Shallow landslides are unforeseeable phenomena often resulting in critical conditions in terms of people’s safety and damage. The main purpose of this paper is the comparison of different statistical methods used to determine the rainfall thresholds for the shallow landslide occurrence. Rainfall data over a 46-year period were collected for one rain gauge located in a test area of northwest Italy (Riviera Spezzina; RS). In the RS, intense rainfalls often induce shallow landslides causing damage and sometimes casualties. The rainfall events occurred in the 1967–2006 period were classified as events inducing shallow landslides (SLEs1967–2006) and events that did not trigger shallow landslides (NSLEs1967–2006). Thresholds for various percentiles of SLEs1967–2006 were computed by identifying the lower limit above which shallow landslides occurred. Another set of thresholds, corresponding to different probabilities of occurrence, was determined using SLEs1967–2006 and NSLEs1967–2006. The least-squares linear fit (LSF) and the quantile regression (QR) techniques were employed in the former approach, while the logistic regression (LR) was applied in the latter. The thresholds were validated with the same data used for their definition and with the data recorded in the 2008–2014 period. Contingency tables were created and contingencies and skill scores were computed. The 10% probability threshold obtained using the LR method is characterized by the best values of at least two skill scores for both periods considered; therefore, it may be considered the “best” threshold for the RS. The results of this work can help the choice of the best statistical method to determine the shallow landslide rainfall thresholds.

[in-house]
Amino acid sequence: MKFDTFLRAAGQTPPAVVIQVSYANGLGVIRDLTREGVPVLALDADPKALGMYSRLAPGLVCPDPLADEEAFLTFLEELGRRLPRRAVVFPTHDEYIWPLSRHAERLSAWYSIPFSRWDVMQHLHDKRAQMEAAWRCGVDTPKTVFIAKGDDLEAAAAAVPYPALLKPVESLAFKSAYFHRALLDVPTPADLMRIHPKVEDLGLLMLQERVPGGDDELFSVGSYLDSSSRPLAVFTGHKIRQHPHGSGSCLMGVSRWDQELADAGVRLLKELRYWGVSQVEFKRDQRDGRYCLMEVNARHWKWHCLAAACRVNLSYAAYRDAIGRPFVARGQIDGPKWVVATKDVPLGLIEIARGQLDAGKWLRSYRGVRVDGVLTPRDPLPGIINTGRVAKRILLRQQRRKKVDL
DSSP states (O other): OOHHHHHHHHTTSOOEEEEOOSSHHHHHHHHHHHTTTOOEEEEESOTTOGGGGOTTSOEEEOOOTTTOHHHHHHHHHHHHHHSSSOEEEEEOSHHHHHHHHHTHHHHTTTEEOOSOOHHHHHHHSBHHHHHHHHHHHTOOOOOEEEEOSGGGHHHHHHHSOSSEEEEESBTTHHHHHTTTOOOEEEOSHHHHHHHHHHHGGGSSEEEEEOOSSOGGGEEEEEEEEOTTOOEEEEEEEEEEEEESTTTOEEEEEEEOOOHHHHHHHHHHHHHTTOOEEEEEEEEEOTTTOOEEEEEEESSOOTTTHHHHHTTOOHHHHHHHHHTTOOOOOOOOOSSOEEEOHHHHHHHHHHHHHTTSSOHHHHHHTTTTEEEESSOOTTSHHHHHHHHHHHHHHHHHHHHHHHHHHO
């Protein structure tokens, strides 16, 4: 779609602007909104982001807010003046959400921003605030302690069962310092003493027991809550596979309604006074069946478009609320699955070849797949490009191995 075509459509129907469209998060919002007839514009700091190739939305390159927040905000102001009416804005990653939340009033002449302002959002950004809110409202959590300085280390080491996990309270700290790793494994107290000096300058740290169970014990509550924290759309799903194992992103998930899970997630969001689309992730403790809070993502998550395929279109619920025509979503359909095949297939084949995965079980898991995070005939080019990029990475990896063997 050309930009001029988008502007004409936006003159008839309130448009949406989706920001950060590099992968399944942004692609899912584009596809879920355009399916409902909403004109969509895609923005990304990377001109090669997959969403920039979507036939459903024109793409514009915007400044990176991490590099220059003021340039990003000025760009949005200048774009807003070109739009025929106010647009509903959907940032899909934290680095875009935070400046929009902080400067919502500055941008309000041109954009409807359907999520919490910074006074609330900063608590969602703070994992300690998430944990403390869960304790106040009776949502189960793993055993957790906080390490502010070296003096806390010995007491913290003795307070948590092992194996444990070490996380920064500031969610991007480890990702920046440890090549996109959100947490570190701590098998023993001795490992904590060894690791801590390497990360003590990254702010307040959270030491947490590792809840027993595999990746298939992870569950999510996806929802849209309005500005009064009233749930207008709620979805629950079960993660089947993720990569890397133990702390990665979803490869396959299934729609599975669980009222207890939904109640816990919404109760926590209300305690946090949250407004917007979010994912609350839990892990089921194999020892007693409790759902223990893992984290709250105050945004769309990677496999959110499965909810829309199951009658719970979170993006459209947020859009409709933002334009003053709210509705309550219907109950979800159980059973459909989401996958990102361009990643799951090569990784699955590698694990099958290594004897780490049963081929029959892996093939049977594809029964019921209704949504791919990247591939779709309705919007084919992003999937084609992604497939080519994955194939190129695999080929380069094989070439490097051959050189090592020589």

|Titolo:||Comparison of statistical methods and multi-time validation for the determination of the shallow landslide rainfall thresholds|
|Data di pubblicazione:||2018|
|Appare nelle tipologie:||01.01 - Articolo su rivista|